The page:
Spotlight On: U.S. Cellular

July 10, 2020
A Q&A with Jim Anetsberger, Vice President of Sales for the business channel at U.S. Cellular
U.S. Cellular provides a comprehensive range of wireless products and services and a high-quality network to customers with 4.9 million connections in 21 states. Their public safety priority service is available across our network, including rural and remote areas. Solutions over LTE and 5G networks are available with data priority and preemption services to first responders. I connected with Jim Anetsberger, Vice President of Sales for the business channel at U.S. Cellular.

Q. What does data speed mean to the officer on the street?

Our current 4G LTE upload and download speeds mean that an officer can easily access critical applications and communication tools over the data network. Solutions also include advanced cellular technology to keep mission critical equipment connected through the Internet of Things. And since there’s no way to predict how much data you’ll use in an emergency, we offer customized public safety plans that allow unlimited and unthrottled data usage for phones and all other devices.

As we updated our infrastructure to build out our 5G network, we also increased the speeds on our 4G LTE network (sometimes referred to as LTE Advanced). And on our 5G network, customers on average experience double the speed we see on our 4G LTE network. As we move forward with our deployment of 5G we anticipate our speeds will continue to increase.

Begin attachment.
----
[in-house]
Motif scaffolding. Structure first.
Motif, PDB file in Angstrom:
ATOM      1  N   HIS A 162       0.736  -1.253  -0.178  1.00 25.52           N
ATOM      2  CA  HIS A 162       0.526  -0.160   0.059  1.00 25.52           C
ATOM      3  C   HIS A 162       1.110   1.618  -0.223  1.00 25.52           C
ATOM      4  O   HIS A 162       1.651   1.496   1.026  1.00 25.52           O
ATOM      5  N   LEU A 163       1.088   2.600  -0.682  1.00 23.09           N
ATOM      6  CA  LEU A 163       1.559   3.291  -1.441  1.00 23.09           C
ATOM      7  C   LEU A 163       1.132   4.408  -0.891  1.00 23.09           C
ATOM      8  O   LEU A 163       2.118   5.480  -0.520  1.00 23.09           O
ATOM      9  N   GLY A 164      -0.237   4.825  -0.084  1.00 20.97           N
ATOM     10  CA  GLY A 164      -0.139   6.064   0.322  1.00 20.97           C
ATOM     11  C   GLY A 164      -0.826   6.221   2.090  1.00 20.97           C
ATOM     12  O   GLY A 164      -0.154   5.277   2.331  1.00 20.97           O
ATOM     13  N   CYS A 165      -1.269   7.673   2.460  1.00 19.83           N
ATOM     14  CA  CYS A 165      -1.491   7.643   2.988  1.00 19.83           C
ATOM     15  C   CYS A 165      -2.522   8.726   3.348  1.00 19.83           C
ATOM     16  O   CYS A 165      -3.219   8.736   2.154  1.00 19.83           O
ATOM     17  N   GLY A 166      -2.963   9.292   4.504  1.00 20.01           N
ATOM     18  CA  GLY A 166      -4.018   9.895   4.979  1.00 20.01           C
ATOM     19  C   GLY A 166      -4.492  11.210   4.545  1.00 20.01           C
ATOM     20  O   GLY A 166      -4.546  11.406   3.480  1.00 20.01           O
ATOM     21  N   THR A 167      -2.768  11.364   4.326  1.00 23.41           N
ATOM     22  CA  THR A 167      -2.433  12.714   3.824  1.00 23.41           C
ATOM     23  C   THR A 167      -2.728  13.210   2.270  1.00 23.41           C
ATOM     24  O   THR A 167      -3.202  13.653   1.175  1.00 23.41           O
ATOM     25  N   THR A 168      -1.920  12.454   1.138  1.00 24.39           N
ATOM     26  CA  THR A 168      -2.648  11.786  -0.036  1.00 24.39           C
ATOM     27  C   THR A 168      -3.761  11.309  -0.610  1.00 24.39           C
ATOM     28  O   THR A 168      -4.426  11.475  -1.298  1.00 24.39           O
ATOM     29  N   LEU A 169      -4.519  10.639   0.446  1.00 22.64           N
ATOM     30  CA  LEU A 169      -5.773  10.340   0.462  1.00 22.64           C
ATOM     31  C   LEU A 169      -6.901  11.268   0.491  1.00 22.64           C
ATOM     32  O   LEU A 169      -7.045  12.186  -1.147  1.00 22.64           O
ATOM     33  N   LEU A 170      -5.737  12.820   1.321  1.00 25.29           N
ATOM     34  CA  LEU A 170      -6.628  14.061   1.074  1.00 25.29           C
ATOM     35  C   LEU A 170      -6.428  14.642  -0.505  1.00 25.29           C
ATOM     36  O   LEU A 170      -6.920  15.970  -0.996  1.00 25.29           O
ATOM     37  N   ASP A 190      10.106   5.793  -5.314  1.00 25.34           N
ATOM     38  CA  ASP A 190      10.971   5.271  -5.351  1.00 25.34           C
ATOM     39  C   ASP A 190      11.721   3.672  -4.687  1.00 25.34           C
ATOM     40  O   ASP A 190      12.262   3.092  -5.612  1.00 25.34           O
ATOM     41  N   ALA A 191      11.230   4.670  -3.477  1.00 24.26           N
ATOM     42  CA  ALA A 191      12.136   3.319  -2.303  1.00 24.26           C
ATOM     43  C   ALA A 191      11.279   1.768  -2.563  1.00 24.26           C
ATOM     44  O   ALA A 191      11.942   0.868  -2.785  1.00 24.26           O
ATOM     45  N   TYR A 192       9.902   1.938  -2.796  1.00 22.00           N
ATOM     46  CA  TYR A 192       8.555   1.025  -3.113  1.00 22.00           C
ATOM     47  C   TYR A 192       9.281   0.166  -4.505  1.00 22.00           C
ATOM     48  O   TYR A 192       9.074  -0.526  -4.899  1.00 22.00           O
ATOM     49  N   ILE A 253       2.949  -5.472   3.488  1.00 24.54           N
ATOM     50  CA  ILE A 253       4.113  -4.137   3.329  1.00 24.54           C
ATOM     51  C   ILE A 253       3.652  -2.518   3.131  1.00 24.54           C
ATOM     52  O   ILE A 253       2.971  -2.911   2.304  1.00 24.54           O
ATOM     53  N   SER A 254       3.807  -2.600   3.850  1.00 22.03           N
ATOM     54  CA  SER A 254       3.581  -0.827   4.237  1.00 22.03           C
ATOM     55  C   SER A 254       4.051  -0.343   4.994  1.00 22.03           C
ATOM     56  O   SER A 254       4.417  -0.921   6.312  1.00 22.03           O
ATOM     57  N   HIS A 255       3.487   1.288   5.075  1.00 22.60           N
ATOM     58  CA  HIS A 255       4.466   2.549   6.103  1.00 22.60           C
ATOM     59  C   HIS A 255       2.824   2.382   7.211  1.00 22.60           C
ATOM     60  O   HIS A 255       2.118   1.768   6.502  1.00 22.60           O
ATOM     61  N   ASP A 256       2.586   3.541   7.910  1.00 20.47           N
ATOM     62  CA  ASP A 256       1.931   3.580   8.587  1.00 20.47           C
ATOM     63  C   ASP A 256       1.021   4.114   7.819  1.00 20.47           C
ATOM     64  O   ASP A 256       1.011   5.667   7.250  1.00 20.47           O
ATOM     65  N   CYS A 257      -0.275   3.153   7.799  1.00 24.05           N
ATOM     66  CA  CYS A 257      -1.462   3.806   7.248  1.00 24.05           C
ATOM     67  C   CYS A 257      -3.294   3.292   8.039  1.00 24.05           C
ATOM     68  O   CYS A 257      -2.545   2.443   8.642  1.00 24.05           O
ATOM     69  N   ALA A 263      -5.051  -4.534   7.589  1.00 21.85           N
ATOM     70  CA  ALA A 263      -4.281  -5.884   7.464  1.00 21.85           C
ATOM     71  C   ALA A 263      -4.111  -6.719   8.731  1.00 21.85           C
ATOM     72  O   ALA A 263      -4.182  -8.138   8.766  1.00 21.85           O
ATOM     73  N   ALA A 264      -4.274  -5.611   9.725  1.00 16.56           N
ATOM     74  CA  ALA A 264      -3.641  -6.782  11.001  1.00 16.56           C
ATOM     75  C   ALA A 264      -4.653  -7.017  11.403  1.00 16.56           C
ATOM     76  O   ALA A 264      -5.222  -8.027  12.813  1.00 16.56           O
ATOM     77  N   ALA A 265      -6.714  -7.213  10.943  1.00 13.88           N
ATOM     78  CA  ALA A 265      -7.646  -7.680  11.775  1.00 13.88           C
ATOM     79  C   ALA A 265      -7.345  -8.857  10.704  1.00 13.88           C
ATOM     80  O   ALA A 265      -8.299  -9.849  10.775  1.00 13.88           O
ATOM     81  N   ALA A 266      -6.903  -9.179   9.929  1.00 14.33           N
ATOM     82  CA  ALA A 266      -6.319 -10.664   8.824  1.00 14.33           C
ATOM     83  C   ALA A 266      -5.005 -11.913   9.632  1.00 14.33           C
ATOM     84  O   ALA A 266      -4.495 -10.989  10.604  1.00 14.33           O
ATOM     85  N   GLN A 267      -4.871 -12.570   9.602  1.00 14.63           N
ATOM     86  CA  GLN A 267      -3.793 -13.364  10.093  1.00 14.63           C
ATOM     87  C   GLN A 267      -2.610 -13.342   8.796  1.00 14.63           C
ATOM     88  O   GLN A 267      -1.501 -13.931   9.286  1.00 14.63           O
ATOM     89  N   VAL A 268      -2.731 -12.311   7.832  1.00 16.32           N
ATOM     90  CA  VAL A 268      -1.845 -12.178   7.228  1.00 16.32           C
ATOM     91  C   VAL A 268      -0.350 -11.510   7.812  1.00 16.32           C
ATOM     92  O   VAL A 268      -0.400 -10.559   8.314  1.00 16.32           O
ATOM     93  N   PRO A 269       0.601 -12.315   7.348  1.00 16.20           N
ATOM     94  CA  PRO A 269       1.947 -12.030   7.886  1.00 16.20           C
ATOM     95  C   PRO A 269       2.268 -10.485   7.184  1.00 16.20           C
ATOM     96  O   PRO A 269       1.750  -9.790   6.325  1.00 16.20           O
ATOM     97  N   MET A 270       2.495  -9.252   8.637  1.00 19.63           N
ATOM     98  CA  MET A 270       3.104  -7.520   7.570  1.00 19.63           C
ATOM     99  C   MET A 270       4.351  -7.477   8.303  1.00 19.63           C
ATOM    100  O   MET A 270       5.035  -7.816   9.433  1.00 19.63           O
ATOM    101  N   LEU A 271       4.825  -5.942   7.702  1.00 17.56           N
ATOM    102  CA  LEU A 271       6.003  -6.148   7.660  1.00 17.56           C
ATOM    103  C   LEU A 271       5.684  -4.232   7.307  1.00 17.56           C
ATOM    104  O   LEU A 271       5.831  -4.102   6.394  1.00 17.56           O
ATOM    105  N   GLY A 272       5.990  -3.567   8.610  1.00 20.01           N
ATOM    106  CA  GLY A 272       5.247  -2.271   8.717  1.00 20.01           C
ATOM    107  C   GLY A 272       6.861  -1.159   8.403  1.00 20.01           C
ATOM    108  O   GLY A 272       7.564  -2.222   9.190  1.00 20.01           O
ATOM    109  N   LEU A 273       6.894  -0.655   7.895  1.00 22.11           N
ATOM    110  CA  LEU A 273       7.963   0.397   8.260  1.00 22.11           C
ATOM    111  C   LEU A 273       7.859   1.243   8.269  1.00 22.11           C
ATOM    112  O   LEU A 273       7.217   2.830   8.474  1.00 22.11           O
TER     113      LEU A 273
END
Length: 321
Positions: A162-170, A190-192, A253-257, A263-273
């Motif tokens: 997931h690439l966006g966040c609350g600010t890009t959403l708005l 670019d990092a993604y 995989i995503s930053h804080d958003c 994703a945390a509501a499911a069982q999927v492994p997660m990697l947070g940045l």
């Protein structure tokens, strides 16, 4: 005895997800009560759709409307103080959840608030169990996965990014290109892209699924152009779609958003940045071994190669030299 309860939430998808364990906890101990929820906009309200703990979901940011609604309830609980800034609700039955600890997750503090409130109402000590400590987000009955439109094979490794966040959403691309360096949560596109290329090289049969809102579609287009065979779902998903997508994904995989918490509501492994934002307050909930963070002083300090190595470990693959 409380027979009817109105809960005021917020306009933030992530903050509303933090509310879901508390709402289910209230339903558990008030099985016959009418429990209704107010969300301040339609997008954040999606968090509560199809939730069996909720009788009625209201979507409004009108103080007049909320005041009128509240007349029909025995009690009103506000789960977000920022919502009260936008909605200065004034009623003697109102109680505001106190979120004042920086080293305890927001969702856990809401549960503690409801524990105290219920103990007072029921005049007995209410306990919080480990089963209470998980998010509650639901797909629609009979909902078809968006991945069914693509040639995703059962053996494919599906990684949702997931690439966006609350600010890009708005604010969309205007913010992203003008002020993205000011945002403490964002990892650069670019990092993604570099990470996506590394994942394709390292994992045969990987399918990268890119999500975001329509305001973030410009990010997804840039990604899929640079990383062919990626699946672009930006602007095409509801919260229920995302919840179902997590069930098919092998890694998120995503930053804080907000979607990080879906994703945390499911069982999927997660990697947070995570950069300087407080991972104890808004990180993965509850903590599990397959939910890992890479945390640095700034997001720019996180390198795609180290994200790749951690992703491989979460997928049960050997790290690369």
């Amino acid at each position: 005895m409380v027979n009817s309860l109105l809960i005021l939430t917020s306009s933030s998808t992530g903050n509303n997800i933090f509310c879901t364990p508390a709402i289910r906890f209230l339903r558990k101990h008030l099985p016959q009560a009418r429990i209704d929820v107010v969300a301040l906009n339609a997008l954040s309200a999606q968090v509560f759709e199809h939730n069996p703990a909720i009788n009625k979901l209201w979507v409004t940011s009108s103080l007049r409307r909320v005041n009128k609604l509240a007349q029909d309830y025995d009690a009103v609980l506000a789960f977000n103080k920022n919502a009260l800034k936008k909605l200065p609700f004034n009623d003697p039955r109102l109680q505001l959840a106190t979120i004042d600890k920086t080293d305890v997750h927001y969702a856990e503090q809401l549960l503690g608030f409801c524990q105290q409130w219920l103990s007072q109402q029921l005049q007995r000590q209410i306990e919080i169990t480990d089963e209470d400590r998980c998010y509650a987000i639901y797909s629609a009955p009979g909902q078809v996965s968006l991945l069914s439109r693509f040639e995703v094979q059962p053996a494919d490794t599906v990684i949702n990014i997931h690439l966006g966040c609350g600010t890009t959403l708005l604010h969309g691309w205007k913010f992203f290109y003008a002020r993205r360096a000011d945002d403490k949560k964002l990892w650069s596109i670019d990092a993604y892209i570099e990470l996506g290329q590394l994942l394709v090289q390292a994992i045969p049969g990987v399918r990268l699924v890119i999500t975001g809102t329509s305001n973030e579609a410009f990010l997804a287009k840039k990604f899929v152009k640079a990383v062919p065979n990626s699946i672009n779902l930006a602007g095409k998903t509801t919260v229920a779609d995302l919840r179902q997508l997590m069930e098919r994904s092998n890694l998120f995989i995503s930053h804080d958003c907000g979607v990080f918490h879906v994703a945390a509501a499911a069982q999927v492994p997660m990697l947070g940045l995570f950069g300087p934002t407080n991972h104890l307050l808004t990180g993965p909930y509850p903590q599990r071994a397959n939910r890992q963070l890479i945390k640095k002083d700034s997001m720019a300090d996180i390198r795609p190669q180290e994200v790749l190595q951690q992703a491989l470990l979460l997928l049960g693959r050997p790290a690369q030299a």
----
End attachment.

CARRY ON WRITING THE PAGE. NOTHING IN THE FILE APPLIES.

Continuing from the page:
Q. Does the network separate the voice vs data?

Yes. There are times when network crowding can make voice calls difficult, so Wireless Priority Service queues mission-critical calls first.

Our public safety solution also provides emergency responders a dedicated broadband network that separates mission-critical data from commercial and consumer traffic. The network is designed to provide first responders, law enforcement and critical support teams with consistent high-quality service, priority on the network and preemption over non-essential data whenever it is needed, because we know effective communication also includes video, text, e-mail, phone and geographical data.

Q. How is the network designed to handle high traffic?

We’ve designed a highly reliable, hardened network that can withstand shifts in bandwidth needs and manage expected and unexpected increases in usage. We know there are times when demand increases, so we built in extra capacity to act as a shock absorber, so if demand goes higher than expected, it can be absorbed by the system.

We also use a variety of artificial intelligence-based systems to self-manage the network. These systems automatically optimize and self-heal the network as conditions change.

Q. How is the network designed to handle unforeseen circumstances like power outages, or natural disasters?

We have a full disaster recovery program with associates ready to execute in a time of emergency. We also design our cell sites with battery backup, generators and equipment redundancies within the facilities to help ensure continuous service even when there are power outages. These generators and battery backups are regularly tested and fueled and ready to kick in on a moment’s notice.